It’s one of those stomach-filling, incredibly reassuring sensations: the lifting of at least some of the haze that obscures our eyes.
I’ve come [at least temporarily] to a conclusion that this is one way of looking at the eternal question of what this crazy, bewildering, vast yet microcosmic, stagnant yet perpetually changing existence really may be at least partially about: illusion. It’s as if we are submerged, at birth, into a hazy atmosphere full of dust particles [too much Star Trek, as per usual], and everything that we acquire, execute, plan and orchestrate is all within the limits of that obscured vision.
Goals that elude us, limits that haunt us, insecurities that plague us… we know there’s a clue to unravelling all of these. Perhaps the key is to stop trying (but not too early), to pull back, detach, and perhaps then, some of the dust will evaporate, revealing glimmering fissures through which we perceive the truth.
When I looked anew at the production showreel I submitted for grad school, I felt like I some of the layers began to thin out.
[The very term “showreel” makes my stomach quaver. It coveys images of cocky, action-oriented A-type personalities swaggering into a studio and securing a film deal through sheer arrogance and the veneer of championing some celebrated cause of the day.]
I look at this showreel now, and I see the a jam-packed linear timeline of a completely disconnected array of products that have been squashed together. The slow-paced, harmonious circles of an individual’s life blending together in Urban Sketches lose their meaning when met with the abrupt assembly line of a sharply segmented, cut-and-pasted studio format that neatly packages break-neck speed tech-related information bytes.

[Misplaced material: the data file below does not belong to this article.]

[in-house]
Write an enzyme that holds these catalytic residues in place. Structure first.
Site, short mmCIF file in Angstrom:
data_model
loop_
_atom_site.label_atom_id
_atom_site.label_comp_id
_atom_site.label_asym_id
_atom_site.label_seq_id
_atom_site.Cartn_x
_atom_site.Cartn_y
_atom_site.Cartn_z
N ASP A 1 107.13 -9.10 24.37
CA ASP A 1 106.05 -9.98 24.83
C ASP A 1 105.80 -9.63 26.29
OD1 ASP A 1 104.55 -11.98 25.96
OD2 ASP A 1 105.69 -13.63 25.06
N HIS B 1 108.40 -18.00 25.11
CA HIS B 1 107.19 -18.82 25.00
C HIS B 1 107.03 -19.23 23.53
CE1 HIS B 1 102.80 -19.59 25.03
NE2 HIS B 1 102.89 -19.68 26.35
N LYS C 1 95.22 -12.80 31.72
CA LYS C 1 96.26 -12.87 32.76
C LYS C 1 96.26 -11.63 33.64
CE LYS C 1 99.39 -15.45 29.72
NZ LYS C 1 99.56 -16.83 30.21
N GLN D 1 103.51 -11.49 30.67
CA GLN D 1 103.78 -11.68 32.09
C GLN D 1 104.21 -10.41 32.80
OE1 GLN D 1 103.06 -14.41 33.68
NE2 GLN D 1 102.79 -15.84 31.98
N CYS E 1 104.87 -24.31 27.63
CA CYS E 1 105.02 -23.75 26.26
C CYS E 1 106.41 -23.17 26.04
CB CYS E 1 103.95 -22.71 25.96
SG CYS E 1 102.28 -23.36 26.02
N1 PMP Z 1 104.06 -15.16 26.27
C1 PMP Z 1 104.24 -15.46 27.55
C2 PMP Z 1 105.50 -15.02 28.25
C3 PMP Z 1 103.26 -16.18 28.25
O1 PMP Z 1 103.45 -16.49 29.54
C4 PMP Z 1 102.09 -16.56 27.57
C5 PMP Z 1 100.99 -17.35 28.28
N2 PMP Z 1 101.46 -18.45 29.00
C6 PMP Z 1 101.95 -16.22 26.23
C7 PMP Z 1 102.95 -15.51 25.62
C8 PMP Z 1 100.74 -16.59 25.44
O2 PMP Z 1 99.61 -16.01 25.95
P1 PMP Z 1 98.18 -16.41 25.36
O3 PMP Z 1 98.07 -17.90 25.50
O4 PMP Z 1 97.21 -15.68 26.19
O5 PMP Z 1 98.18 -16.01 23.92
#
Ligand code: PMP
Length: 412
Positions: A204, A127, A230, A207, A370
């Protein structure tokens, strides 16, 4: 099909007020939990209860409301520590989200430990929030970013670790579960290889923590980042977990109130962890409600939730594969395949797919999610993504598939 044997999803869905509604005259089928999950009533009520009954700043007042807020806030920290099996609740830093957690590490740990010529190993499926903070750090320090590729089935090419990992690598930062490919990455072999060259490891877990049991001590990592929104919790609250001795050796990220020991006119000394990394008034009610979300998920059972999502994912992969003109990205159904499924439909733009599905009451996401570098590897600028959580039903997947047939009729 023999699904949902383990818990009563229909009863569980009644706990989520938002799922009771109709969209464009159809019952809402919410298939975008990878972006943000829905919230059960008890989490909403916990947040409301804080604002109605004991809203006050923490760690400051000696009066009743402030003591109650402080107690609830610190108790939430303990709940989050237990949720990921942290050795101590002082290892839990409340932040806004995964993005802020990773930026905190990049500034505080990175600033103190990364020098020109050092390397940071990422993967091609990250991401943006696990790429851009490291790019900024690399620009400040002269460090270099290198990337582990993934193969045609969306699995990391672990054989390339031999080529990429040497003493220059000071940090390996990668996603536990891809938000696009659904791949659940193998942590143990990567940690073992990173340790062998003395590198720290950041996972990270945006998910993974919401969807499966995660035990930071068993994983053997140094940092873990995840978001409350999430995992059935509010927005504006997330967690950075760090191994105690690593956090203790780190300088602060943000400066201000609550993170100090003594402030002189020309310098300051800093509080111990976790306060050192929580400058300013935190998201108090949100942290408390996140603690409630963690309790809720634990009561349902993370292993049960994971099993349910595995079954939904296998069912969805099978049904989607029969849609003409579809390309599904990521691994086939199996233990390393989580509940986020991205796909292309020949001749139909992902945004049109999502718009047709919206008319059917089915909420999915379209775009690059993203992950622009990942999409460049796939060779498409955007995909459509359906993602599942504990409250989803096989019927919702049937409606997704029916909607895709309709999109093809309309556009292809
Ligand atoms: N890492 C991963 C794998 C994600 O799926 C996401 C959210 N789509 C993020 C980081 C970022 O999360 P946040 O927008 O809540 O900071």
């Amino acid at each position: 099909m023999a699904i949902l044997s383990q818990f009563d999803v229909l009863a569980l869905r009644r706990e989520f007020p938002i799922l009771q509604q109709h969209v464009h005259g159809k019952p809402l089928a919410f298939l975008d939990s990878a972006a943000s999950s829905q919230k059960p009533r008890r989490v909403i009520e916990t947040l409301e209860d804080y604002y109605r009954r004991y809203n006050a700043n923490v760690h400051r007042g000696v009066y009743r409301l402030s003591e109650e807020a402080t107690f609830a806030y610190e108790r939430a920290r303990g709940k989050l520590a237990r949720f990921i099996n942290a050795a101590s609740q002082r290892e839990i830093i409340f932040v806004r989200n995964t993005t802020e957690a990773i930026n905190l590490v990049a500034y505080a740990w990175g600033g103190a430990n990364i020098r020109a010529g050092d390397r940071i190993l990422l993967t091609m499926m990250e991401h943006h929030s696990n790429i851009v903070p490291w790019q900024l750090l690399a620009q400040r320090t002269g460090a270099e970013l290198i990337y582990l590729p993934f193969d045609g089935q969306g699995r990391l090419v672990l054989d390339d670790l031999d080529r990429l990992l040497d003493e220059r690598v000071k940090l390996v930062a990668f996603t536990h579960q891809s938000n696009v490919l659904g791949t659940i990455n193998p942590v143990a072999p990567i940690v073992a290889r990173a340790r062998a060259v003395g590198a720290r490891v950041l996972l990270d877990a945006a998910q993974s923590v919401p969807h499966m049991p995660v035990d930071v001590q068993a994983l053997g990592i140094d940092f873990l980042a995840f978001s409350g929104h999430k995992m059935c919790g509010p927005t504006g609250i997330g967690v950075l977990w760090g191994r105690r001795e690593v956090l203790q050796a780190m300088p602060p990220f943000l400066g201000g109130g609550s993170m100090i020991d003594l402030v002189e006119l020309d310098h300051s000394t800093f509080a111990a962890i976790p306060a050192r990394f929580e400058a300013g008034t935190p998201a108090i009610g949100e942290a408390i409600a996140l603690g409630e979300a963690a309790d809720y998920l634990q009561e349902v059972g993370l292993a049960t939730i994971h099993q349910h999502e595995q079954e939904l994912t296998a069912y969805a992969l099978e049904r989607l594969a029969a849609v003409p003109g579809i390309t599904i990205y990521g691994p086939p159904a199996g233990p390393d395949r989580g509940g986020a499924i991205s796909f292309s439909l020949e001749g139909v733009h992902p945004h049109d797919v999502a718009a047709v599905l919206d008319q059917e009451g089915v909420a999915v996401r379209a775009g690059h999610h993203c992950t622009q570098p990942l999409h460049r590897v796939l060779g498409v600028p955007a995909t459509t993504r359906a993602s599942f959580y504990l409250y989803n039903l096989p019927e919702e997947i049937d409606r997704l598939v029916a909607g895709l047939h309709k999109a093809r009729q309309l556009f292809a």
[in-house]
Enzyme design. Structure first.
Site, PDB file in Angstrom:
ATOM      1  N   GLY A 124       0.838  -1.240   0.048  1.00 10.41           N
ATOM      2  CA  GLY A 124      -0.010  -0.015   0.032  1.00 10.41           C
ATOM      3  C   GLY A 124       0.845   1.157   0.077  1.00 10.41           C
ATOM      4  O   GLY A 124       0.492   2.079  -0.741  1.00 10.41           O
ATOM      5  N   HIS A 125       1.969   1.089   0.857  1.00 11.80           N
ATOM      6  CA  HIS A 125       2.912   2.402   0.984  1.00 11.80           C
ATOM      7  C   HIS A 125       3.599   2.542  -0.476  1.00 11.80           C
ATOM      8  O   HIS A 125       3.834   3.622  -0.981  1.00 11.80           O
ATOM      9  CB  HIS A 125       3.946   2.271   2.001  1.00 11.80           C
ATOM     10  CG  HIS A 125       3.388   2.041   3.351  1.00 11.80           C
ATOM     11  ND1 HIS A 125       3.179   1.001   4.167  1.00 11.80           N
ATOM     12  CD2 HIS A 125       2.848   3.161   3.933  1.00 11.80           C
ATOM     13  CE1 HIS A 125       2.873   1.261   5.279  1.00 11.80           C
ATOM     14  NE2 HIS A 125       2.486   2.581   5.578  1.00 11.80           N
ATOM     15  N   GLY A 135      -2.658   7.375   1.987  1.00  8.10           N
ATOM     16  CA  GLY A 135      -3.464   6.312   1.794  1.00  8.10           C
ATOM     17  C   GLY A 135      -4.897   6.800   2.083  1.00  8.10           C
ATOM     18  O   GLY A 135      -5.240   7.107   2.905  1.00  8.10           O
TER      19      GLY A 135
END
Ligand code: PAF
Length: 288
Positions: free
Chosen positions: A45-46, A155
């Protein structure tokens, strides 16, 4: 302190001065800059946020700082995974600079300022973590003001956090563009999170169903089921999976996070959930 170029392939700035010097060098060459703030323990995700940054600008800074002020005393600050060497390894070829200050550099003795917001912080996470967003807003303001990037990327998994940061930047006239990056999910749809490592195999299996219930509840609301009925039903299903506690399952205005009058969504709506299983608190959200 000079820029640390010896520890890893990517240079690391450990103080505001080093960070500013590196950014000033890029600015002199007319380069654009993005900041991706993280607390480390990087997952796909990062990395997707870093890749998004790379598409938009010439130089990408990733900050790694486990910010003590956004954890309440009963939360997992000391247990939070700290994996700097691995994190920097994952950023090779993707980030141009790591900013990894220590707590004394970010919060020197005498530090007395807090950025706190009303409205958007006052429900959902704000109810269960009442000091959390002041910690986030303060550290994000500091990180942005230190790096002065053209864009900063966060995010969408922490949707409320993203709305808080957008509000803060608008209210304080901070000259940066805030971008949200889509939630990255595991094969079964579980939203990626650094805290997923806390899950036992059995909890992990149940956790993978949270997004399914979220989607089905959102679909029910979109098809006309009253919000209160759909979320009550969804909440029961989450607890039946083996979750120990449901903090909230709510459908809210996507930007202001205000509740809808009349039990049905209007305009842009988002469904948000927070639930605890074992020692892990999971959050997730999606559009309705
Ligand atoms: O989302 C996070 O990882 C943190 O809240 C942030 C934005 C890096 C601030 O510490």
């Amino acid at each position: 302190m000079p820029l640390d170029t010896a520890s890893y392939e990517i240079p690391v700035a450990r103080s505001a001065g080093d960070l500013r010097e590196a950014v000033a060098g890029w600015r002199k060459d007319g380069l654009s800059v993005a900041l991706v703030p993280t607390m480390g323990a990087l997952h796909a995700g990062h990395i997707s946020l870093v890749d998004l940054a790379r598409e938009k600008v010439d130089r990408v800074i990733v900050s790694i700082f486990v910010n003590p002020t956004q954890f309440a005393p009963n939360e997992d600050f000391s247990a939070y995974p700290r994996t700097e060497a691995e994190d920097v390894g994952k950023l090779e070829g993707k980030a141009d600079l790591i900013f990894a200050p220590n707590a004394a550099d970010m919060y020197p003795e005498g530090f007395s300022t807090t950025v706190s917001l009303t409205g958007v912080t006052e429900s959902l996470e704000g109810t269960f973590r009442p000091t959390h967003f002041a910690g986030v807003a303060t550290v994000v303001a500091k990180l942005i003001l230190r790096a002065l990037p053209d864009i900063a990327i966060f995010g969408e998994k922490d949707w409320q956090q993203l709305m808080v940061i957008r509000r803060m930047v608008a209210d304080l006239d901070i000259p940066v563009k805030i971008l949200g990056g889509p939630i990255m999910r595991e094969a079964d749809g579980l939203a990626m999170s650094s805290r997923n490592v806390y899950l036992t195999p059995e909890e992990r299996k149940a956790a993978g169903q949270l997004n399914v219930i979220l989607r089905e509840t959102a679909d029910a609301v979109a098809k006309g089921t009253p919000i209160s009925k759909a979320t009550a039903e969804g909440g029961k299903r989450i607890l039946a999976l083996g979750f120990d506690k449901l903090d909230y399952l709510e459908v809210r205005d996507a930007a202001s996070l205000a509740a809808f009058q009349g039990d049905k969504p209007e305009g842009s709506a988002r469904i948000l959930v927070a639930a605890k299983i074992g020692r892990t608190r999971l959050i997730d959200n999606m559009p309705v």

Between the layers upon layers of “quirky” graphics, stylized montages and quick-paced edits, I see a myriad mouse-clicks, ribbons upon ribbons of my life-span sucked into the vacuum of transitions and 20 minute time structures.
I see an inner expression of the world impinged by the linearity of the [non-linear] editing timeline.
When I think of what I would say an interview about what I wanted to do with my, and as filmmaker, I realize I don’t have a plan, a central driving force theme. It’s not that the themes aren’t there. They’re in the process of emerging into focus like images from multiples lenses [the way your brain brings into focus the conflicting images from your two eyes].